The Court Jester
©1955 Dena Enterprises


Genre: Comedy

Rating: NR

The evil King Roderick I (Cecil Parker) has massacred the royal family and seized the throne. But a royal infant has survived and is being protected by the Black Fox (Edward Ashley). The Fox orders former carnival entertainer Hubert Hawkins (Danny Kaye) and the beautiful Maid Jean (Glynis Johns) to take the child to safety. However, when they meet Giacomo (John Carradine), the King's new jester, Jean convinces Hubert to take Giacomo's place in order to steal a key to a secret passage from the King. What neither of them knows, is that Giacomo is an assassin, hired by Sir Ravenhurst (Basil Rathbone) to kill his rivals in the royal court. Meanwhile, Roderick plans to form an alliance with Sir Griswold (Robert Middleton) by having him marry Princess Gwendolyn (Angela Lansbury). Unfortunately, the King orders his men to round up 'the fairest wenches in the land' to participate in the wedding celebration and Jean is brought to the castle with the infant concealed in her cart. Desperate to avoid marrying Griswold, Gwendolyn threatens to commit suicide but her handmaiden, Griselda (Mildred Natwick), convinces her that Hubert is her true love coming to rescue her. To make this happen, Griselda puts a spell on Hubert, transforming him into a dashing figure and ordering him to sweep Gwendolyn off her feet. Unfortunately, this means he doesn't recognize Jean when she tries to pass him the stolen key. It also means that he agrees to assassinate Ravenhurst's rivals. However, when Griselda releases Hubert from her control, he doesn't remember any of it. Fortunately, Griselda poisons Ravenhurst's rivals and maintains Hubert's masquerade. Hubert is still in trouble though because Griswold shows up to marry Gwendolyn and she announces that she loves Hubert, insulting Griswold and endangering the alliance. To make matters worse, Ravenhurst learns that Hubert is not Giacomo and jumps to the conclusion that he is really the Black Fox. Ravenhurst then convinces the King to knight Hubert so that Griswold can kill him in a duel and save the alliance. Meanwhile, Jean has gotten the key from the King and sent it to the Black Fox so he can attack the castle but a collapse in the secret passage has left it mostly blocked, forcing the Fox to call on Hubert's midget friends for help. Back at the castle, Hubert is able to defeat Griswold, sparing his life, but Ravenhurst captures the royal infant and reveals Hubert and Jean as spies. Luckily, just as the King is about to have Hubert and Jean executed, the castle is overrun with midgets. While the midgets subdue the castle guards, Hubert, convinced by Griselda that he's a master swordsman, is able to defeat Ravenhurst. Griswold returns with his knights to save Roderick but when he sees the infant's royal birthmark, he bows down and swears allegiance.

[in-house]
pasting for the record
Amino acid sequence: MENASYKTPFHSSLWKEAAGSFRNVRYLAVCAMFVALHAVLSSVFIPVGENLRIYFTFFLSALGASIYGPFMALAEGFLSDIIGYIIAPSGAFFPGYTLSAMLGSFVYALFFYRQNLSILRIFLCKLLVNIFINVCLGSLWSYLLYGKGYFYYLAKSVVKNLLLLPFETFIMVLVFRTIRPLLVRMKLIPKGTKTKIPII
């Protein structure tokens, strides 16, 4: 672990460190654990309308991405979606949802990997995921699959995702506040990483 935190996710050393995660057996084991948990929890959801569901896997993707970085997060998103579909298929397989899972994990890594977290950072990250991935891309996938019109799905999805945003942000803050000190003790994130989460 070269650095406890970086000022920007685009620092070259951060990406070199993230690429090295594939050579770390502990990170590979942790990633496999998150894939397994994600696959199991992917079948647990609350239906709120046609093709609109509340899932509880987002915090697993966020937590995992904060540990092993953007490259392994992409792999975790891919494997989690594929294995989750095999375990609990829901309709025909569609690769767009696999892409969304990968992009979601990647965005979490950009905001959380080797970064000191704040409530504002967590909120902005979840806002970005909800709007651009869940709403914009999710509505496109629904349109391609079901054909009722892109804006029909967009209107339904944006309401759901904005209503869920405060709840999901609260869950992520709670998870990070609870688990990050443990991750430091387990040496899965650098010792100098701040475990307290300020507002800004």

Type of mind control: Magic spell

Mind control scenes:
There are two main mind control sequences in this movie. The first is when Griselda puts Hubert into a magical trance and sends him to woo Princess Gwendolyn. The spell is activated and deactivated by the snap of fingers and Hubert is taken in and out of trance repeatedly throughout the sequence. The second sequence is when Griselda uses her magic to convince Hubert that he is a great swordsman so he can defeat Ravenhurst. Again, Hubert is taken in and out of trance repeatedly.

Subjective Rating: 3 out of 5
The mind control in this movie is well portrayed, with Danny Kaye doing an excellent job of transforming from a bumbling buffoon into a dashing hero and back again. Unfortunately, the mind control is relatively limited and not used as extensively as it could have been. For example, if Griselda could convince Hubert that he's a great swordsman to allow him to defeat Ravenhurst, why didn't she do the same thing when he was fighting Griswold? However, if you want a funny movie and don't care that the mind control is used strictly for laughs, then this movie is for you.

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